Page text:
1. Computers
  2. Display Drivers
  3. Graphics Cards
  4. Memory
  5. Motherboards
  6. Processors
  7. Software
  8. Storage
  9. Operating Systems


Facebook RSS Twitter Twitter Google Plus


Phoronix Test Suite

OpenBenchmarking.org

Ubuntu 9.04 Will NOT Ship With The Linux 2.6.29 Kernel

Ubuntu

Published on 12 February 2009 07:19 AM EST
Written by Michael Larabel in Ubuntu
21 Comments

Ubuntu 9.04, the next Linux operating system release due out by Canonical in April, will not be shipping with the Linux 2.6.29 kernel like many had hoped for. The feature freeze for the Jaunty Jackalope is not until next week and the Linux 2.6.29 kernel will certainly be released by April (right now it's at -rc4 stage), but Canonical's kernel team has decided to stick with using the current Linux 2.6.28 stable series.

The Linux 2.6.28 kernel was released back in December, but the 2.6.29 kernel is introducing mainline support for Btrfs, Intel kernel mode-setting support, and various other new features. Numerous Linux drivers have also been either added or updated within the Linux 2.6,29 tree.

Canonical's Tim Gardner had said on the kernel team's list, "Jaunty will absolutely, positively, and without a doubt, release with a
2.6.28 kernel." Many Ubuntu users -- including us -- would have liked to see the Linux 2.6.29 kernel inside Ubuntu 9.04, but that simply will not happen. Unless you are interested in building your own kernel, users will simply need to wait until Ubuntu 9.10 when it will ship with the Linux 2.6.30 or 2.6.31 kernels.

With Ubuntu 8.10 there was a similar kernel debate about using the 2.6.26 or 2.6.27 kernel, but in that case they ended up choosing the newer version.

About The Author
Michael Larabel is the principal author of Phoronix.com and founded the web-site in 2004 with a focus on enriching the Linux hardware experience and being the largest web-site devoted to Linux hardware reviews, particularly for products relevant to Linux gamers and enthusiasts but also commonly reviewing servers/workstations and embedded Linux devices. Michael has written more than 10,000 articles covering the state of Linux hardware support, Linux performance, graphics hardware drivers, and other topics. Michael is also the lead developer of the Phoronix Test Suite, Phoromatic, and OpenBenchmarking.org automated testing software. He can be followed via and or contacted via .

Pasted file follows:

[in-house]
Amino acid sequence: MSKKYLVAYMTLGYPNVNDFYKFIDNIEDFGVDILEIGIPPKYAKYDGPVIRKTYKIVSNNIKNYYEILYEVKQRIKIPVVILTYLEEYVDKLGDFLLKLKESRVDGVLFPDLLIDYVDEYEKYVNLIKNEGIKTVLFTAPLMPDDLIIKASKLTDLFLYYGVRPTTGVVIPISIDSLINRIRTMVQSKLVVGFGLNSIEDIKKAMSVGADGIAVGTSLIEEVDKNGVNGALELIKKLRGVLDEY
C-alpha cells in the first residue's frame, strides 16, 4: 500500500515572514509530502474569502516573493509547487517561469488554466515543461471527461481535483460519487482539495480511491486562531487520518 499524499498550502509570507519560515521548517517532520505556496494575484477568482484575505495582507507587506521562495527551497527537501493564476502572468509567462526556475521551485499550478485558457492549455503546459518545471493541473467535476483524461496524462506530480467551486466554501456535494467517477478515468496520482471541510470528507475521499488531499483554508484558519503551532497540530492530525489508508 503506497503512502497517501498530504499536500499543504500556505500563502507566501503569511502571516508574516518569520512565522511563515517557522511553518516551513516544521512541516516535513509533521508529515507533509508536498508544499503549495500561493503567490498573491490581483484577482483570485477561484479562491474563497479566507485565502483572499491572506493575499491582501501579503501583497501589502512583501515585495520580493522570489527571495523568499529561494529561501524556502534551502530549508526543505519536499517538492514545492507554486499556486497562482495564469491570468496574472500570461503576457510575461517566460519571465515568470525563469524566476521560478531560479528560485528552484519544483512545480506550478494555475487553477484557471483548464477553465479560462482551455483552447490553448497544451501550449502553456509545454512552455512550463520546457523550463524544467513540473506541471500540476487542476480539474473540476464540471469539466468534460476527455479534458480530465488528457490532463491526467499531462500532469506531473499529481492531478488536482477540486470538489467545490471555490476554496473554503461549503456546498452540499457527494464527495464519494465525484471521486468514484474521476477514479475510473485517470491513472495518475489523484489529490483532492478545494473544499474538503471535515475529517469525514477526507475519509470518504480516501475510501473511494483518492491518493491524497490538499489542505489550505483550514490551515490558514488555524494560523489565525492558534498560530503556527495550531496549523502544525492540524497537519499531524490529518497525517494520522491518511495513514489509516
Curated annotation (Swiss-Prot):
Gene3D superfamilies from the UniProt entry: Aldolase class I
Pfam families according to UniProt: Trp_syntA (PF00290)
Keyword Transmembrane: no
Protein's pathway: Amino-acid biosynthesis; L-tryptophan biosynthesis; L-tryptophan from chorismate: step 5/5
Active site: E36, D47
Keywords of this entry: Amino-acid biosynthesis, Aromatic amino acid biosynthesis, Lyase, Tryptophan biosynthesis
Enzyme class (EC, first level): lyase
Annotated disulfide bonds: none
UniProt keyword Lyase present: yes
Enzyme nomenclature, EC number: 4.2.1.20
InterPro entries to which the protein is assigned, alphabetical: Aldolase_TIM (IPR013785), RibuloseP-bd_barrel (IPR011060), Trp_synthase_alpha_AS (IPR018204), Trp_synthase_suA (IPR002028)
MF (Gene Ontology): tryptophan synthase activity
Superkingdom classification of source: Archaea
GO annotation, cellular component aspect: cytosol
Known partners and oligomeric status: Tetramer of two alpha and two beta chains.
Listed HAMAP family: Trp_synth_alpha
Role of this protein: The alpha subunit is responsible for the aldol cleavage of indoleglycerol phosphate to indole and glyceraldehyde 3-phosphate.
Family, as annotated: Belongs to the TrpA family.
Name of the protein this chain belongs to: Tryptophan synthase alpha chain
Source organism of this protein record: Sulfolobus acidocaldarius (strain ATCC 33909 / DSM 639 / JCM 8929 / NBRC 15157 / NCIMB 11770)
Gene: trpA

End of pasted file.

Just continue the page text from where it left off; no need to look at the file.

Latest Linux Hardware Reviews
  1. Intel Xeon E5-1680 v3 & E5-2687W v3 Compared To The Core i7 5960X On Linux
  2. Intel 120GB 530 Series SSD Linux Performance
  3. Btrfs/EXT4/XFS/F2FS RAID 0/1/5/6/10 Linux Benchmarks On Four SSDs
  4. AMD's Windows Catalyst Driver Remains Largely Faster Than Linux Drivers
Latest Linux Articles
  1. NVIDIA vs. Nouveau Drivers With Linux 3.18 + Mesa 10.4-devel
  2. Is The Open-Source NVIDIA Driver Fast Enough For Steam On Linux Gaming?
  3. Linux 3.18 File-System Performance Minimally Changed But Possible Regressions
  4. AMD Radeon Gallium3D Is Catching Up & Sometimes Beating Catalyst On Linux
Latest Linux News
  1. Linux 3.18 Kernel: Not Much Change With Intel Haswell Performance
  2. More File-System Tests Of The Linux 3.18 Kernel
  3. Using NVIDIA's NVENC On Linux With FFmpeg
  4. There's Talk Again About An "Open To The Core" Ubuntu Laptop
  5. PowerVR SGX Driver Code Gets Leaked
  6. V2 Of KDBUS Published For Linux Kernel Review
  7. VirtualBox 4.3.20 Arrives, Still No Sign Of VirtualBox 4.4
  8. Scientific Linux 6.6 vs. Scientific Linux 7.0 Benchmarks
  9. Qualcomm Looks To Get Into The ARM Server Business
  10. HHVM 3.4 Adds New Features, Support
Latest Forum Discussions
  1. Roadmap to Catalyst 14.10 ?
  2. Updated and Optimized Ubuntu Free Graphics Drivers
  3. Cant get working Kaveri APU - A10-7850k
  4. Debian Developer Resigns From The Systemd Maintainership Team
  5. Script for Fan Speed Control
  6. Debian Init System Coupling Vote Results
  7. The Slides Announcing The New "AMDGPU" Kernel Driver
  8. Ubuntu Developers Still Thinking What To Do About Adobe Flash Support